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Inhibition of CCR5 and CXCR4 prevents HIV infection


Eric Matamoros1

INS Ramon Berenguer IV, Amposta, Spain

ABSTRACT: CCR5 and CXCR4 are chemokine receptors recognize by HIV to enter into the host cell. In this review, we focus on their biology, function and pivotal role in HIV-1 infection, and also, how HIV quasi-species change tropism depending on their expression on the cell surface. We also discuss about the state-of-the-art strategies for targeting CCR5 and CXCR4, with emphasis on novel gene therapies that mimic a natural mutation called CCR5-delta32, enabling innate protection against HIV R5 strains. Trials with gene therapies can knockout both co-receptors and confer protection in vitro without mutants. These techniques include zinc finger nucleases (ZFN), clustered regularly interspaced palindromic repeats/CRISPR-associated protein 9 nuclease (CRSIRP/Cas9), transcription activator-like effectors nuclease (TALEN), short hairpin RNA (shRNA), and ribozymes.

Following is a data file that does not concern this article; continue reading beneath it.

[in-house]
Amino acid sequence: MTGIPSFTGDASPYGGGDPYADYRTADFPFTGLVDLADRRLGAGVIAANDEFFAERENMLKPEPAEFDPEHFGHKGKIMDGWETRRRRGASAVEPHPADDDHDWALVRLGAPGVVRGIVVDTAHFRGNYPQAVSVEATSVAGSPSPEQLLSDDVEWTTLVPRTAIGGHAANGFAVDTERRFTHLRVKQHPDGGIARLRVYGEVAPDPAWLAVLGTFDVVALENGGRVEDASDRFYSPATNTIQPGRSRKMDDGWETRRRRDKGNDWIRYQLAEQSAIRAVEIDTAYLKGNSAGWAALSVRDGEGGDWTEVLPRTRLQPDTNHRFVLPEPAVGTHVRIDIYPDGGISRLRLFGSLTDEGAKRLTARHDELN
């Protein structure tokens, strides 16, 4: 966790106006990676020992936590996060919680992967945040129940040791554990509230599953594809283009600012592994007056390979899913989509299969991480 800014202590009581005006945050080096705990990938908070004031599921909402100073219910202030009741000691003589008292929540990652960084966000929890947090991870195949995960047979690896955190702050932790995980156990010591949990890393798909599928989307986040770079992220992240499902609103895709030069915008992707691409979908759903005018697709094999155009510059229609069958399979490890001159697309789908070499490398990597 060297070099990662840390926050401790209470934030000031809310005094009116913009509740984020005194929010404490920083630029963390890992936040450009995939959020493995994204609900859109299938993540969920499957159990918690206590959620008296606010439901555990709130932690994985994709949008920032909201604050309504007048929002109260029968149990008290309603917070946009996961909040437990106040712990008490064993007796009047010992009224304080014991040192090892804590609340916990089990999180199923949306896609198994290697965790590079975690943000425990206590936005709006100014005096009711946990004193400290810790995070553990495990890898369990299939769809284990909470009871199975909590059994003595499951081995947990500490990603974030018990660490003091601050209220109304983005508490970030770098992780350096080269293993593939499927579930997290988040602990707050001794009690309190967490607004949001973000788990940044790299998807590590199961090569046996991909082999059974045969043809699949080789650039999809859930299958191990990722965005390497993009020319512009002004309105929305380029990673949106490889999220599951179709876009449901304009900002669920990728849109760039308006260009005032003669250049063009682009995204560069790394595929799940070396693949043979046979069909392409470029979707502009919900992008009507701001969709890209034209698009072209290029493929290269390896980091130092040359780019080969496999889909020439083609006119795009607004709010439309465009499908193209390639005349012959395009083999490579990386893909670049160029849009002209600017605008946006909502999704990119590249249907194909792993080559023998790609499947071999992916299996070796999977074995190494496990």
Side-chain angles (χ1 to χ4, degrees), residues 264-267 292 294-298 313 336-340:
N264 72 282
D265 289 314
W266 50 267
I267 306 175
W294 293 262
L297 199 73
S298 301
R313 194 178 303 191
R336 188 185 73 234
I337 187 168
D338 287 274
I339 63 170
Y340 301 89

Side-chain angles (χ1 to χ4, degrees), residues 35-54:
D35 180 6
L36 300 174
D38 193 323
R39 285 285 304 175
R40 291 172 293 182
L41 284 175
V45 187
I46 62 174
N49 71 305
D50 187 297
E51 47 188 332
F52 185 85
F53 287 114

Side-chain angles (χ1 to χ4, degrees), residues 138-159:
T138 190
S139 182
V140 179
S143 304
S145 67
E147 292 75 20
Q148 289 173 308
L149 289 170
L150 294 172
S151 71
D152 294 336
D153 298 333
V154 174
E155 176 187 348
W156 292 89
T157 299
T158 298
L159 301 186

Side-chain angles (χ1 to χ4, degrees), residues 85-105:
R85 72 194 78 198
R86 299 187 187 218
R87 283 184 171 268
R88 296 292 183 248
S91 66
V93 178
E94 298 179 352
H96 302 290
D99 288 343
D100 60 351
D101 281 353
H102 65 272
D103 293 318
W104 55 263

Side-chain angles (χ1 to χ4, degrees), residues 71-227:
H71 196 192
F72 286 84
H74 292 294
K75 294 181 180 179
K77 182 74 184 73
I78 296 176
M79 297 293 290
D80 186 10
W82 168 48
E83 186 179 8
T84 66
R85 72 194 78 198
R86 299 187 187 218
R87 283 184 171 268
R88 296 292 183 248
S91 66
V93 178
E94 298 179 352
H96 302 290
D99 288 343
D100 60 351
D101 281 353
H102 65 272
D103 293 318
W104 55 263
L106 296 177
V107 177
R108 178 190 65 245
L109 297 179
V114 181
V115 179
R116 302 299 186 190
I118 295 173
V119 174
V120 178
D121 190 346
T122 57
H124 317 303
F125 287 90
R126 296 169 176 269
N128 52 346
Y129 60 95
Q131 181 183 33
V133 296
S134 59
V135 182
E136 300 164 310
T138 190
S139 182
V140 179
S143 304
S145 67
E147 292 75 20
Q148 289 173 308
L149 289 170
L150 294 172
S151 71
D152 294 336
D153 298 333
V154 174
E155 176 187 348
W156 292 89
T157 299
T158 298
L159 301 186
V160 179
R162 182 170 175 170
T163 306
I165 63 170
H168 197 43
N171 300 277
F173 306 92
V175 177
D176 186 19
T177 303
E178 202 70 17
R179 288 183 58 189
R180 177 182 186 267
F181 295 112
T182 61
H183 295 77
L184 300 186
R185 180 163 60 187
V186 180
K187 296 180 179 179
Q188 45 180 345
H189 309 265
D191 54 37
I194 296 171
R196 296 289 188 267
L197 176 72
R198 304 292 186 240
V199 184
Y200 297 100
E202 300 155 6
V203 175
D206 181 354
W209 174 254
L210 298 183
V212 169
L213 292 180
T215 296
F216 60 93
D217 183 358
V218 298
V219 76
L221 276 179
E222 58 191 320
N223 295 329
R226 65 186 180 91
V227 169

KEYWORDS: Chemokine receptors, HIV infection, inhibition, gene therapy, gene editing tools

CORRESPONDENCE: Eric Matamoros. Email Address: ericmatamoros1999@gmail.com

 

 
 
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